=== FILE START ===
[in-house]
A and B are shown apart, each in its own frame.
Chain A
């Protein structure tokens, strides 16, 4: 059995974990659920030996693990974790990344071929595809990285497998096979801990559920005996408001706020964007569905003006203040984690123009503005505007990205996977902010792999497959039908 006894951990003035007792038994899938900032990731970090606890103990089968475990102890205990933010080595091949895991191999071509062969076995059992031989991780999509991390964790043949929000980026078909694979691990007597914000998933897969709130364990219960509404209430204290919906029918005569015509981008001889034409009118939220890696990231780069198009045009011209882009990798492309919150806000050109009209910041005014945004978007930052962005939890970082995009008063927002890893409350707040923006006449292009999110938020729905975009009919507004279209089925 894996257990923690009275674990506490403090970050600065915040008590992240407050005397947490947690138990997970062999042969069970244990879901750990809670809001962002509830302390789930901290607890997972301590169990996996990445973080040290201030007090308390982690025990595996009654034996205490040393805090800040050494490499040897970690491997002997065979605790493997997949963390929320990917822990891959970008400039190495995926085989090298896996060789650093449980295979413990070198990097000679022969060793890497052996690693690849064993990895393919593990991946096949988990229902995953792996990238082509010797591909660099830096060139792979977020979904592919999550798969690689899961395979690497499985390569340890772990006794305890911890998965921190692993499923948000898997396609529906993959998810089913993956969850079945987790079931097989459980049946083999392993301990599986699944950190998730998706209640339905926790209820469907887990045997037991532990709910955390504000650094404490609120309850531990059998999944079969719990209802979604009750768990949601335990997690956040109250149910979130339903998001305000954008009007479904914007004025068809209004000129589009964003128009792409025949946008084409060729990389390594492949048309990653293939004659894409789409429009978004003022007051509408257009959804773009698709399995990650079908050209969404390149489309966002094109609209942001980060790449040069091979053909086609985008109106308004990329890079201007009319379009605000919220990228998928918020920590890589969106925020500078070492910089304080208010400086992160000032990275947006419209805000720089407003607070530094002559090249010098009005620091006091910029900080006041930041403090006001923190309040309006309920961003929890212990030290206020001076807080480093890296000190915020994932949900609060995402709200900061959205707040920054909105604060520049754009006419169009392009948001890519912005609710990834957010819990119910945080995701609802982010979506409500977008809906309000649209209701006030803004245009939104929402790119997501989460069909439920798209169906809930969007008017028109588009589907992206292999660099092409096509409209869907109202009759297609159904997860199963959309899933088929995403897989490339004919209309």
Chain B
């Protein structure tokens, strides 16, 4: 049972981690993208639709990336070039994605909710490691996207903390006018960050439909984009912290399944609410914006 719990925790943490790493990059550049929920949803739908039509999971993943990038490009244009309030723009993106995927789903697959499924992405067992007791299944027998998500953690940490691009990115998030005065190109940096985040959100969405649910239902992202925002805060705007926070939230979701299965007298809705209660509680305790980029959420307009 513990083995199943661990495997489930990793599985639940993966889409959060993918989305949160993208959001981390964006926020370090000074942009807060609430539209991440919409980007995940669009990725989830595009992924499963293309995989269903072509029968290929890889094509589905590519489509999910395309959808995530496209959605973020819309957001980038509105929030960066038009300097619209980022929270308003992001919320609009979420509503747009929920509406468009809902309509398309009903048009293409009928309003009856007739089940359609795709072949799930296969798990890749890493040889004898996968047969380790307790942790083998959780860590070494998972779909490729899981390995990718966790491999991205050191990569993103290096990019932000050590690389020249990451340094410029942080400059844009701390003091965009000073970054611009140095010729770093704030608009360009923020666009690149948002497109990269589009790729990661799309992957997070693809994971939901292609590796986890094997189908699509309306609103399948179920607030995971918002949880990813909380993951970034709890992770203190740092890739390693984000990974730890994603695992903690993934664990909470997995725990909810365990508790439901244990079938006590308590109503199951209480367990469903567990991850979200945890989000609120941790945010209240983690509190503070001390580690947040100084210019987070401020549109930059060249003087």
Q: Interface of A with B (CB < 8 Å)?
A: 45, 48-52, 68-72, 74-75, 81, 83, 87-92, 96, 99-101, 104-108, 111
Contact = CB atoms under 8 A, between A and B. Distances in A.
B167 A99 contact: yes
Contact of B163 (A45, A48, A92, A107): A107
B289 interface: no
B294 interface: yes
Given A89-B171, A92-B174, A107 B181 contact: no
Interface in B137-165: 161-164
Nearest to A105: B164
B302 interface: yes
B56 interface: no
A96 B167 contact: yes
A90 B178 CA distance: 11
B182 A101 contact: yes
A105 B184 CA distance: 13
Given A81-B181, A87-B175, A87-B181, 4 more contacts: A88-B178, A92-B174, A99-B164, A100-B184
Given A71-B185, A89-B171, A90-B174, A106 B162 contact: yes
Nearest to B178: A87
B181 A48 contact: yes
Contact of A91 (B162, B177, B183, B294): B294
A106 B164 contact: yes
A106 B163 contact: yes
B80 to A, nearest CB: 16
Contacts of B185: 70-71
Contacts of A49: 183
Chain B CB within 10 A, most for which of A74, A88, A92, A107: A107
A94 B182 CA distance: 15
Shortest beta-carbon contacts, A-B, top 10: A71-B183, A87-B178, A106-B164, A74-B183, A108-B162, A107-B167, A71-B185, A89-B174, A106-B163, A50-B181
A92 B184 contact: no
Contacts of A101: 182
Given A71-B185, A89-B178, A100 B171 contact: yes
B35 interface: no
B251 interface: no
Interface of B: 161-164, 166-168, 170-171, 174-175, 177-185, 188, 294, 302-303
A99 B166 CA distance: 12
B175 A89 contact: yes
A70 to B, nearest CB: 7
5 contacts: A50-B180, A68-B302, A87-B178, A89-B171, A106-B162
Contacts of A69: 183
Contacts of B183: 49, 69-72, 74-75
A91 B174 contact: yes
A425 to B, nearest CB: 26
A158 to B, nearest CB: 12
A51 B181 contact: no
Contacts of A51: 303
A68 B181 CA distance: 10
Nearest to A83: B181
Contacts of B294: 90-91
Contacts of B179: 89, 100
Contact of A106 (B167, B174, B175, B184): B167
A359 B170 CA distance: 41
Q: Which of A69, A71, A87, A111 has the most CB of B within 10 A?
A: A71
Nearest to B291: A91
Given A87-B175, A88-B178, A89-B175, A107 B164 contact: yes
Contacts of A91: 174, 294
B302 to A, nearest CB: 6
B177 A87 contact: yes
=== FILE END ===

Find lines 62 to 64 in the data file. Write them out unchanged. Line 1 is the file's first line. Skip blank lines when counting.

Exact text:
Given A87-B175, A88-B178, A89-B175, A107 B164 contact: yes
Contacts of A91: 174, 294
B302 to A, nearest CB: 6